In addition to the awesome job board on Freelance Writing Gigs, you will also come across other great ones at ProBlogger Job Board, Dice, MediaBistro and Craigslist.
This makes it much easier for you to find the types of writing gigs that are the best fit for your skill set. Many of these job boards also have an email list. Make sure that you sign up for it so that you’ll get alerts the moment a potential job posting goes up.
Writing job boards will break down the opportunities by category, so it’s easy to find what you’re interested in.
For example, you can choose from copywriting jobs, editing jobs, blogging jobs, and even broader content writing gigs.
While some of these opportunities will be a “one and done” situation? In other cases, you’ll be able to build lasting relationships with these clients. That’s an awesome way to build up your client book for the future!
4. When in Doubt, Just Pitch
So, you’ve followed all of the above tips on how to find writing jobs — but you’re just not getting any results.
In addition to feeling the pain of rejection, you’re also concerned that all of your writing efforts might be in vain. However, just like any profession or opportunity in the world today, it all comes down to those who are willing to put in more work and stand above the crowd.
A perfect example of how to best accomplish this can be seen in finance writing articles. Let’s specifically take a look at the loans with bad credit article and how it breaks down different data points throughout the article.
With the title being “Loans for Bad Credit”, it’s important to actually provide the end user with value, and not just a lot of written text in large paragraphs. We can see this article is actually very well written and laid out nicely as it has bold headlines (the red arrows) through the content, while also further breaking down each point into sub-paragraphs and will bullet points (the green arrows).
This is not brain surgery here, but it makes the world of a difference to the end user, the site owner, and the freelance writer. Way too many freelance writers just want to create 500 or 1000 word articles and move onto the next job. This is great for them, but not so much for the end user and brand publishing the content.
To see more examples like these, be sure to read through some of the top personal websites you want to write for, and see if their content is laid out in this same way. This will allow you to get to know their overall writing style better, and understand the kinds of topics they’re interested in publishing. And again, put in the time to not only write the best content possible but to also provide the right outreach and opportunity for each site as well.
Send out a cold pitch email to a bunch of sites, but make sure they are somewhat personalized and offer real value. Explain the article you’d like to write for them, and discuss why you’re qualified to write it. Include a potential length, as well as the date you’ll provide the first draft for them to edit.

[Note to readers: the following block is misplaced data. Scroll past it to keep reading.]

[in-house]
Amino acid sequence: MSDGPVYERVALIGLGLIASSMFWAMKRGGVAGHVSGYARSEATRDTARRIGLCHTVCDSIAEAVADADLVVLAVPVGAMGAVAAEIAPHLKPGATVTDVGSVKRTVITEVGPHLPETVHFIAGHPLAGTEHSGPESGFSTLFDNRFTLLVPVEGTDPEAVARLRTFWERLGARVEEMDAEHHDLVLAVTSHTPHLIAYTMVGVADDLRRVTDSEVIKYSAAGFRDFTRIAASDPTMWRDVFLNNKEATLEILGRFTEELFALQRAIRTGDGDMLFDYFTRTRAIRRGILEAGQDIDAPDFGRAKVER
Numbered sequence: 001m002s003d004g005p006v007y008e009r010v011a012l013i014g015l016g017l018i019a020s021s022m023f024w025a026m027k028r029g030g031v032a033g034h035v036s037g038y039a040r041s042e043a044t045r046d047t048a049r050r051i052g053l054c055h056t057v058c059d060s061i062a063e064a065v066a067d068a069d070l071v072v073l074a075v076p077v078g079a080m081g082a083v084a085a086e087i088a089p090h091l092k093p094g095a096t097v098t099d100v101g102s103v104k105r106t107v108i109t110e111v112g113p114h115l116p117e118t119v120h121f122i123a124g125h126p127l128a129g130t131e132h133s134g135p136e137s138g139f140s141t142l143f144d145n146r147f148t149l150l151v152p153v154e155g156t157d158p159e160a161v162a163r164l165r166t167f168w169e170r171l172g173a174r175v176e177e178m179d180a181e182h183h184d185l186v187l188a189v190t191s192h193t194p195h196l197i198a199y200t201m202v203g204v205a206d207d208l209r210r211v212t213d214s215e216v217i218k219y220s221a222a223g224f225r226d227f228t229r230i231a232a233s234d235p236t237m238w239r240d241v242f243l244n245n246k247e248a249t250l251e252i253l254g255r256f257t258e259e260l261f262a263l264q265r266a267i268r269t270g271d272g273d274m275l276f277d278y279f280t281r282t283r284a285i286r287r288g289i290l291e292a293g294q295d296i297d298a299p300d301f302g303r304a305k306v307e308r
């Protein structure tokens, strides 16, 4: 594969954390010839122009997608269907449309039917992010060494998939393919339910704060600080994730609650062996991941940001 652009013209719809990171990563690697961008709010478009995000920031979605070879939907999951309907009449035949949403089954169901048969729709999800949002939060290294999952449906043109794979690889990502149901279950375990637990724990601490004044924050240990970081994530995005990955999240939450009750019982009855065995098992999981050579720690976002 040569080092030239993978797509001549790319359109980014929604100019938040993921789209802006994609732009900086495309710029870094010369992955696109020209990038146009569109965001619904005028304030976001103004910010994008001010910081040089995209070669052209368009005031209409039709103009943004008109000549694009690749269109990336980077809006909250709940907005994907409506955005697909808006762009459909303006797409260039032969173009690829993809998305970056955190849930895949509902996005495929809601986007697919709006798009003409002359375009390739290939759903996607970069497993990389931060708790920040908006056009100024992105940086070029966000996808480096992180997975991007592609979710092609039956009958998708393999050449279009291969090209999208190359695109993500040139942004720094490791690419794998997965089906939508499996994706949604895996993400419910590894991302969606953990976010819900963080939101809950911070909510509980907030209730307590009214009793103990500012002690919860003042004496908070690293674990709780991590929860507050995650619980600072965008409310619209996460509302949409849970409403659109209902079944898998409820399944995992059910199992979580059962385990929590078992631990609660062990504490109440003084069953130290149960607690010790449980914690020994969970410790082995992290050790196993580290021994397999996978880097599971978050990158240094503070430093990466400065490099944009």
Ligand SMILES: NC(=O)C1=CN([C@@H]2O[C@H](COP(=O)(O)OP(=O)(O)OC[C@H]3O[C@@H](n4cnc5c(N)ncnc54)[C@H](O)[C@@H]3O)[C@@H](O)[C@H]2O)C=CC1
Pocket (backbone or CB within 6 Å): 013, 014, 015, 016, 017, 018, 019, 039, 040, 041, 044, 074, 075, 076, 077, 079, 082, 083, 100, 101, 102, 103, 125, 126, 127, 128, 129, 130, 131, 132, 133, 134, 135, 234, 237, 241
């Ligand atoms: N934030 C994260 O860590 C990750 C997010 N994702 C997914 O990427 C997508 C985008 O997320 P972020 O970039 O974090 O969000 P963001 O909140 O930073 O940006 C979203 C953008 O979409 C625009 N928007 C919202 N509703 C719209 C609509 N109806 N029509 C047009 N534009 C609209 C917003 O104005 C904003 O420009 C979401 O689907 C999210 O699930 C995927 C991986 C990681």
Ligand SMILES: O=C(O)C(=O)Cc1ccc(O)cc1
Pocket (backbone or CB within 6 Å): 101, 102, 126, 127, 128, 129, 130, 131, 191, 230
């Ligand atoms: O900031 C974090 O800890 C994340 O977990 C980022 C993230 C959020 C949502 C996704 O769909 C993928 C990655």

Make sure you include your contact information and a short “author bio” so they can get to know your work.
Above all, don’t forget to include the amount that you’re looking to be paid for this gig. If you don’t bring up payment in your first pitch email, many blogs will try to get you to work for free.
Aim higher than you’re OK with making. This will give the company a bit of room for negotiating with you.
How to Find Writing Jobs: Wrapping Up
We hope this post has helped you to understand how to find writing jobs that connect with your interests, skill set, and your creative side.
As long as you’re willing to stay persistent and to follow up with leads, you’ll be able to build a nice client book in no time.
Looking for the latest writing gigs in blogging, content writing, and even editing? Want to get more advice about how to live the writing lifestyle to the fullest?
As mentioned earlier, if you are still looking for freelance work, be sure to check out the FreelanceWritingGigs job board to see which opportunities might e right for you. Be sure to bookmark this blog for more tips on how to make life as a writer work for you.
Morgan Williams says
This is a very informative post! I really like how you mentioned that people should hunt for jobs on social media. This is great advice because the “hidden” freelance job market is much larger than the jobs that are posted online. Social media is one of the first places that people go (after their network) when they are looking to make a freelance hire. Every freelance writer who is looking for work should be active on Twitter and Facebook. Love this post!
Good day.I love to travel.I will be going to Taiwan this coming April.How can I offer myself to do freelance writing for any groups while I am traveling in Taiwan.Thanks.
Pharmacy. Zahran says
It, really good